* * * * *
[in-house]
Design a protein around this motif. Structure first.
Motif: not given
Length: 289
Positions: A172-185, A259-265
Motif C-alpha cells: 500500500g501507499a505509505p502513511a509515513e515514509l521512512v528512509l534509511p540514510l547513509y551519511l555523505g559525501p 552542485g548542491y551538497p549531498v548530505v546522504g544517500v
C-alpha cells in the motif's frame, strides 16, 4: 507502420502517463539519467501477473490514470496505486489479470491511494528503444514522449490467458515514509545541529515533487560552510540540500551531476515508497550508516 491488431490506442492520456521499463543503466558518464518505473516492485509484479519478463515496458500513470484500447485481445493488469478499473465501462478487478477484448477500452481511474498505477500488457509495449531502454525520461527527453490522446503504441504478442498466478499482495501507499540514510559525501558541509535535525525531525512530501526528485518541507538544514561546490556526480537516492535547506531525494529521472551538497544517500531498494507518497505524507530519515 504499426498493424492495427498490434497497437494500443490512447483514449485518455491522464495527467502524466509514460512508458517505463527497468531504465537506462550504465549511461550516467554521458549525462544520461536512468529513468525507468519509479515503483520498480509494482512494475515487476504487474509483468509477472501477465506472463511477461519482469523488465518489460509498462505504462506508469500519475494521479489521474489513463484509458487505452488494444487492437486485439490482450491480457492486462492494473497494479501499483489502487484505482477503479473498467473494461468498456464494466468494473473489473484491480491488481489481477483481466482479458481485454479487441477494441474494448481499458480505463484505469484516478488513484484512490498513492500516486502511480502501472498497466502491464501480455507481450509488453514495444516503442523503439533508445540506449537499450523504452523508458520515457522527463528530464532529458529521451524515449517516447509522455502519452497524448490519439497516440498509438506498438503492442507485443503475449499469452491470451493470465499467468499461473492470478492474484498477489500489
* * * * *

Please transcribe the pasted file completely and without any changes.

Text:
[in-house]
Design a protein around this motif. Structure first.
Motif: not given
Length: 289
Positions: A172-185, A259-265
Motif C-alpha cells: 500500500g501507499a505509505p502513511a509515513e515514509l521512512v528512509l534509511p540514510l547513509y551519511l555523505g559525501p 552542485g548542491y551538497p549531498v548530505v546522504g544517500v
C-alpha cells in the motif's frame, strides 16, 4: 507502420502517463539519467501477473490514470496505486489479470491511494528503444514522449490467458515514509545541529515533487560552510540540500551531476515508497550508516 491488431490506442492520456521499463543503466558518464518505473516492485509484479519478463515496458500513470484500447485481445493488469478499473465501462478487478477484448477500452481511474498505477500488457509495449531502454525520461527527453490522446503504441504478442498466478499482495501507499540514510559525501558541509535535525525531525512530501526528485518541507538544514561546490556526480537516492535547506531525494529521472551538497544517500531498494507518497505524507530519515 504499426498493424492495427498490434497497437494500443490512447483514449485518455491522464495527467502524466509514460512508458517505463527497468531504465537506462550504465549511461550516467554521458549525462544520461536512468529513468525507468519509479515503483520498480509494482512494475515487476504487474509483468509477472501477465506472463511477461519482469523488465518489460509498462505504462506508469500519475494521479489521474489513463484509458487505452488494444487492437486485439490482450491480457492486462492494473497494479501499483489502487484505482477503479473498467473494461468498456464494466468494473473489473484491480491488481489481477483481466482479458481485454479487441477494441474494448481499458480505463484505469484516478488513484484512490498513492500516486502511480502501472498497466502491464501480455507481450509488453514495444516503442523503439533508445540506449537499450523504452523508458520515457522527463528530464532529458529521451524515449517516447509522455502519452497524448490519439497516440498509438506498438503492442507485443503475449499469452491470451493470465499467468499461473492470478492474484498477489500489